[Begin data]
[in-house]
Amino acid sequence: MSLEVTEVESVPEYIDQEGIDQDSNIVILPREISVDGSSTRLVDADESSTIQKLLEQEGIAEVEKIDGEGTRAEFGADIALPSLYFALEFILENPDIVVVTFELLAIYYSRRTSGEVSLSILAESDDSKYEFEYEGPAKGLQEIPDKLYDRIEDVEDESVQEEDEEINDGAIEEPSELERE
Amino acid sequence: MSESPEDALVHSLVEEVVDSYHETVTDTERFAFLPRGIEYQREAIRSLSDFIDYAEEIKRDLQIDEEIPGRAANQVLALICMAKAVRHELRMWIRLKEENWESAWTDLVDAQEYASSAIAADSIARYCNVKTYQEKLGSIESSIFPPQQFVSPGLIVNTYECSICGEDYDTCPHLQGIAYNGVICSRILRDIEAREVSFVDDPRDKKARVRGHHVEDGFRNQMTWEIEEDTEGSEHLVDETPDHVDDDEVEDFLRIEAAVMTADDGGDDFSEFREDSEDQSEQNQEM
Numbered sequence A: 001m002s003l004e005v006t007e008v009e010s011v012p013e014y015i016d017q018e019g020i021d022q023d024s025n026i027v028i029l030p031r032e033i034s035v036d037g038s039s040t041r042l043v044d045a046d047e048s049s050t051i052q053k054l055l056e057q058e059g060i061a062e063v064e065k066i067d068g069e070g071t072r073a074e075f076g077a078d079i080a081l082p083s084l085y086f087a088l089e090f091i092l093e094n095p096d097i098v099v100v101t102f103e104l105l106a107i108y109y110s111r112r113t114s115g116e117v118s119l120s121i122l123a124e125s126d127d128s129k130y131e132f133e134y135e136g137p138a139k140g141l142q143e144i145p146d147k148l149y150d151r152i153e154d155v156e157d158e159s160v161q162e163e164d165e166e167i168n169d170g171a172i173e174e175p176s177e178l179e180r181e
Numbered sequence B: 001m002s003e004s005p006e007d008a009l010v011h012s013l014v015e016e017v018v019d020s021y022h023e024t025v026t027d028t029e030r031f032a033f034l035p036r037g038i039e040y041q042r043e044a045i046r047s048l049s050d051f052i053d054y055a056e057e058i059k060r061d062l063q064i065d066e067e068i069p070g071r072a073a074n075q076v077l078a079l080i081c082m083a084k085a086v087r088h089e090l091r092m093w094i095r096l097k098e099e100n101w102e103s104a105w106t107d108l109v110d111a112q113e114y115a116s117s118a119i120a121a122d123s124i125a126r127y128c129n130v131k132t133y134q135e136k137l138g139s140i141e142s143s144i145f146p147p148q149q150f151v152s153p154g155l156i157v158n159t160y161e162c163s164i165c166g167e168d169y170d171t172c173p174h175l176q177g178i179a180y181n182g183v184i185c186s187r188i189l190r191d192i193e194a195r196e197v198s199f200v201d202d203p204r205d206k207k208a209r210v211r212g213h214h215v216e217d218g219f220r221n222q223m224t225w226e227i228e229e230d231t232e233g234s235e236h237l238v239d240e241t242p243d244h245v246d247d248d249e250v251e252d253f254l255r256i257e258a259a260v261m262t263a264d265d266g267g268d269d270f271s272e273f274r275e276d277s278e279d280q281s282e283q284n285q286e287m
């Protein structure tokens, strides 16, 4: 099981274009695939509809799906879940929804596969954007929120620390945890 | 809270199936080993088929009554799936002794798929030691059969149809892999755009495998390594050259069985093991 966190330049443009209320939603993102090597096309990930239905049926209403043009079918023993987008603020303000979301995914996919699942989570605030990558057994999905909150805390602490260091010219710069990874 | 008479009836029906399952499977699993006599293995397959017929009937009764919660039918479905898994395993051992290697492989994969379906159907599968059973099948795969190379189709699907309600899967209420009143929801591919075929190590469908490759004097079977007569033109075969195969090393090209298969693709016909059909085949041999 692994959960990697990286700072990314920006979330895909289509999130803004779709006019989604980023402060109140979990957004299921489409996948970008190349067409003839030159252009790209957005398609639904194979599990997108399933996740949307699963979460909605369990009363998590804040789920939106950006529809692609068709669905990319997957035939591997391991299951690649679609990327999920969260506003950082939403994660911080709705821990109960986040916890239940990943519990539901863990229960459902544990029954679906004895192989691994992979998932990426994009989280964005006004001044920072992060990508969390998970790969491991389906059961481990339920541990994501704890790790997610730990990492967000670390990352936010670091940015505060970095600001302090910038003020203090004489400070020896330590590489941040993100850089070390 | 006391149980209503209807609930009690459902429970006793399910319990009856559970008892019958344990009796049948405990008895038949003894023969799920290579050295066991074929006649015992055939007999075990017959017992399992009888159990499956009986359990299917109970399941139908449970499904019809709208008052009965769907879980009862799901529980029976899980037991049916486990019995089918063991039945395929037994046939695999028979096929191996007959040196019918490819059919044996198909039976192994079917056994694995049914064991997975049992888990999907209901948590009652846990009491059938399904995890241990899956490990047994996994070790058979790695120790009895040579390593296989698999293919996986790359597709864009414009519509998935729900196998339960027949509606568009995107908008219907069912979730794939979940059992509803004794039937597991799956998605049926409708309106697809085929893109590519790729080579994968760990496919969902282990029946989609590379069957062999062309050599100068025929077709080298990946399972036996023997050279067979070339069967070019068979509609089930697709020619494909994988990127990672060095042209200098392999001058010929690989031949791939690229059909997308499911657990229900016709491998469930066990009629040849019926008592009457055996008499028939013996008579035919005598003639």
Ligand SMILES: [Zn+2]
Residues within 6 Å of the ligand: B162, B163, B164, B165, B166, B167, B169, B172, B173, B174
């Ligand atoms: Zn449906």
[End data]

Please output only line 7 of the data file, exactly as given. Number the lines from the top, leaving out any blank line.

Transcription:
Ligand SMILES: [Zn+2]